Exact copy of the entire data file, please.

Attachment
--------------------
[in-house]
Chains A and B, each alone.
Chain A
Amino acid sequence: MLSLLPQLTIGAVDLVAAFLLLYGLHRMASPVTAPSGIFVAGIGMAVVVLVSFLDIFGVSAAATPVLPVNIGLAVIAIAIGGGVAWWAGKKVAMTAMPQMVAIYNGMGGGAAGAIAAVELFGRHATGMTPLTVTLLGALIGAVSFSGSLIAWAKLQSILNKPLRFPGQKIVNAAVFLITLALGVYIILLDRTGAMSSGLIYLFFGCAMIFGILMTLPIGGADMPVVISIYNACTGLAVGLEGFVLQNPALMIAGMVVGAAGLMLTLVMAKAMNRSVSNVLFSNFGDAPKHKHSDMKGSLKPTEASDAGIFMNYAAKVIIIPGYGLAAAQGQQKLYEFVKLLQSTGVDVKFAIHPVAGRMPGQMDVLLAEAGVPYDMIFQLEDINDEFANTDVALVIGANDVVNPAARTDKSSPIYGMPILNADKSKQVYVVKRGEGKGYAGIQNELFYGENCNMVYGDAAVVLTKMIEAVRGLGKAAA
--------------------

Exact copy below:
[in-house]
Chains A and B, each alone.
Chain A
Amino acid sequence: MLSLLPQLTIGAVDLVAAFLLLYGLHRMASPVTAPSGIFVAGIGMAVVVLVSFLDIFGVSAAATPVLPVNIGLAVIAIAIGGGVAWWAGKKVAMTAMPQMVAIYNGMGGGAAGAIAAVELFGRHATGMTPLTVTLLGALIGAVSFSGSLIAWAKLQSILNKPLRFPGQKIVNAAVFLITLALGVYIILLDRTGAMSSGLIYLFFGCAMIFGILMTLPIGGADMPVVISIYNACTGLAVGLEGFVLQNPALMIAGMVVGAAGLMLTLVMAKAMNRSVSNVLFSNFGDAPKHKHSDMKGSLKPTEASDAGIFMNYAAKVIIIPGYGLAAAQGQQKLYEFVKLLQSTGVDVKFAIHPVAGRMPGQMDVLLAEAGVPYDMIFQLEDINDEFANTDVALVIGANDVVNPAARTDKSSPIYGMPILNADKSKQVYVVKRGEGKGYAGIQNELFYGENCNMVYGDAAVVLTKMIEAVRGLGKAAA